In the fourth mile her bounding power was ebbing. Decker Tabb simply ran with a quicker cadence. The miles went by in 5:04, 5:06, 5:03. Along the last backstretch spectators roared her on and then ran across the infield to see the finish. Decker Tabb sprinted well, though she said, "I couldn't kick in those shoes. They felt cloddy, not like track shoes."
She crossed the line in 31:35.3, the fastest 10,000 ever by a woman on a track and her seventh world record of 1981. (On the road, Grete Waitz of Norway has run a 31:00.) It was Decker Tabb's third world mark in six weeks and made her the fastest U.S. woman of the year at all six distances from 800 to 10,000 meters.
Because of the relative ease with which she set the record, Decker Tabb at first discounted the significance of her run. "It just proves the records aren't real stiff yet," she said. "I'd like to try it again. It will come down some more."
The next day she added, "That 3,000 [in Oslo] was my best run. It's a tougher record than the five or 10. That's the one I want to go back and get." The 3,000 will be the longest race on the track for women in the 1984 Olympics, when everything comes back to where Decker Tabb grew up, in Los Angeles.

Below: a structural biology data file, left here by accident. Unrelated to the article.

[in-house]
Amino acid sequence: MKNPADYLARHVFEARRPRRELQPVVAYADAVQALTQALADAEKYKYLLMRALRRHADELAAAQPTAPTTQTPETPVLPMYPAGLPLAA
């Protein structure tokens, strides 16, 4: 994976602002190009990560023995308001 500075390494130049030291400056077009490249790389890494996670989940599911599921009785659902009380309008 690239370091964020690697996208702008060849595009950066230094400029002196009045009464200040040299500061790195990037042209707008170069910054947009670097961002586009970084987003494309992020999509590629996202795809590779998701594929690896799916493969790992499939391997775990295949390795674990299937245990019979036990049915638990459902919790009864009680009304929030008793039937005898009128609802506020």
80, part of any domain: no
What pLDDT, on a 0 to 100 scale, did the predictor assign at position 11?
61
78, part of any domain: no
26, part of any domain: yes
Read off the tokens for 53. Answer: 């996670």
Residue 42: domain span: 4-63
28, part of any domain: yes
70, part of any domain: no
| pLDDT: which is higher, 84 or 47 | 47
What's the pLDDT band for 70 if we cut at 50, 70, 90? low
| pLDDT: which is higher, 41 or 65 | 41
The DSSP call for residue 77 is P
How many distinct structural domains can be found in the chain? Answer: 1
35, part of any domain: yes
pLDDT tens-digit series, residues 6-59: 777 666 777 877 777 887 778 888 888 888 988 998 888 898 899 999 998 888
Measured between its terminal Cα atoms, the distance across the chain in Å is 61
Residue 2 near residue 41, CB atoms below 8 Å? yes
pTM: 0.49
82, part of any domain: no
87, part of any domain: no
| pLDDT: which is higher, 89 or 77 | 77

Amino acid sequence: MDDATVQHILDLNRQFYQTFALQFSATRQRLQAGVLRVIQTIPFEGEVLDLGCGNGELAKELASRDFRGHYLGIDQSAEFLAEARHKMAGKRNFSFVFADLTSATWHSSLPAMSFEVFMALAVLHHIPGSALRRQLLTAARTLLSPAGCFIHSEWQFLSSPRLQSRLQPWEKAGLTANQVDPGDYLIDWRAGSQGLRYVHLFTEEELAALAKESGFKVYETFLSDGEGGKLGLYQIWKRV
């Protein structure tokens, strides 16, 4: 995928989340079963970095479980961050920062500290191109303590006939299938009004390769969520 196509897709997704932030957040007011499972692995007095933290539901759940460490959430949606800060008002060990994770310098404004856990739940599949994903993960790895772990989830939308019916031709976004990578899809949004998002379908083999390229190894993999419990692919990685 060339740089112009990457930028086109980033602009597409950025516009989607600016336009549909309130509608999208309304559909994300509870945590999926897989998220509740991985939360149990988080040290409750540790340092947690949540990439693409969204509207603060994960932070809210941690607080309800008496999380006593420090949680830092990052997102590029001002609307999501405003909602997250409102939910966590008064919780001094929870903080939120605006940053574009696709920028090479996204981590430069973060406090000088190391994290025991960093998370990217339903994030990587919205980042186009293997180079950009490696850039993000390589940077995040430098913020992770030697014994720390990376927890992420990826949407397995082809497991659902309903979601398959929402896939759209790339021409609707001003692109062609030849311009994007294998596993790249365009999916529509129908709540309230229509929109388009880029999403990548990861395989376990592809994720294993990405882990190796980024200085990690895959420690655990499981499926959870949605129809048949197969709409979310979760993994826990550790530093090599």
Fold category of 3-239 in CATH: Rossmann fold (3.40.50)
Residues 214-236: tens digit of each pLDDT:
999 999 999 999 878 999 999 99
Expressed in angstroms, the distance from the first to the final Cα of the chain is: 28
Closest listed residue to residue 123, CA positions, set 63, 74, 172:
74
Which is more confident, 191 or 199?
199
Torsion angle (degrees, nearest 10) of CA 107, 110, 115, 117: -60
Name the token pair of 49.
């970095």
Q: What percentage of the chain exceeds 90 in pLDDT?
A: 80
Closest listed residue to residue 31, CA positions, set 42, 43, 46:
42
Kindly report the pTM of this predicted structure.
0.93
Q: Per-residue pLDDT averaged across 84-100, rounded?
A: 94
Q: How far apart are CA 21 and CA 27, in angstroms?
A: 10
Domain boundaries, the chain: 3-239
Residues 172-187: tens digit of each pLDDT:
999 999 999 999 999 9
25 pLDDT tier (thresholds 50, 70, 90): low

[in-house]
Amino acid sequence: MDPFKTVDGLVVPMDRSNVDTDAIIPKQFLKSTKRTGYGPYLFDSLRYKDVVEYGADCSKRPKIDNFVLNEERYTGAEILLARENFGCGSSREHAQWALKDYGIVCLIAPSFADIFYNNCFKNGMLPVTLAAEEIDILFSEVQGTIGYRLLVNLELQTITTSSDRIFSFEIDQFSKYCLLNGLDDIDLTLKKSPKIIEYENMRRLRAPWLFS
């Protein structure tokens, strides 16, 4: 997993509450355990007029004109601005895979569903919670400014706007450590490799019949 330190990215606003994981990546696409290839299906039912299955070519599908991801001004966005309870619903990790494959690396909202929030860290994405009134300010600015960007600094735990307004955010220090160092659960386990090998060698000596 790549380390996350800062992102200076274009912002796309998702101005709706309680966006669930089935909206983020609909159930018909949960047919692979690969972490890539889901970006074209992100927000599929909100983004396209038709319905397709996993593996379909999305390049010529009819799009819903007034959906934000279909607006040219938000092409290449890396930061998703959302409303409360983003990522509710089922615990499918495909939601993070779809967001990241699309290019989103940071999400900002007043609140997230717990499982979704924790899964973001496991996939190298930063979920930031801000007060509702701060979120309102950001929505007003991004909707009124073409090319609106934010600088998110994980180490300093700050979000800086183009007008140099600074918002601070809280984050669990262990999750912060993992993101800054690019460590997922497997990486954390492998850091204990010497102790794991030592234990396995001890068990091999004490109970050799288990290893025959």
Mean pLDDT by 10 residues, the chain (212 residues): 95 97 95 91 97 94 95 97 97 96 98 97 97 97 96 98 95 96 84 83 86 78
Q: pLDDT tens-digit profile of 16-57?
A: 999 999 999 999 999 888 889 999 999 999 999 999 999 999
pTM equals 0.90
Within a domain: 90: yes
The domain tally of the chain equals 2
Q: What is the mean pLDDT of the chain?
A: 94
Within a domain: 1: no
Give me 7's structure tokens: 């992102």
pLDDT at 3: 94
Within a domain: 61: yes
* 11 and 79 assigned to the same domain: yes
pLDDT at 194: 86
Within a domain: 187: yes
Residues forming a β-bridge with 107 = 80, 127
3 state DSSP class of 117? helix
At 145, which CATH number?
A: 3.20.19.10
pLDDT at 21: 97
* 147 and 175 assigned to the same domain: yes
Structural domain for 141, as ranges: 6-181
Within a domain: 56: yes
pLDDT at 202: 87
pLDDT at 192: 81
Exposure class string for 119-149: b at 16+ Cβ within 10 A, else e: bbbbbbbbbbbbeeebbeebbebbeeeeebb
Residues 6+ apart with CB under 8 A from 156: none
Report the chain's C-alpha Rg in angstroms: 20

"But first maybe Alberto and I could wait a couple of weeks and try another of these neat all-comers meets. He can do his 10,000, and I'll do the 5,000. I'd get more satisfaction from breaking 15 minutes than I would from winning some 1,000-meter race in Nice."
This idea has yet to get Brown's approval, but Ron said he knows Mary can run in the 14:30s. "I get so much satisfaction out of watching her progress," he says. "I think, for example, that if she can stay healthy, she'll be the first woman to break 2:20 in the marathon." He looked at Mary, who was squirming to get out and run an easy six. "I've found a great training partner."
"Me, too," said Mary. "Let's go."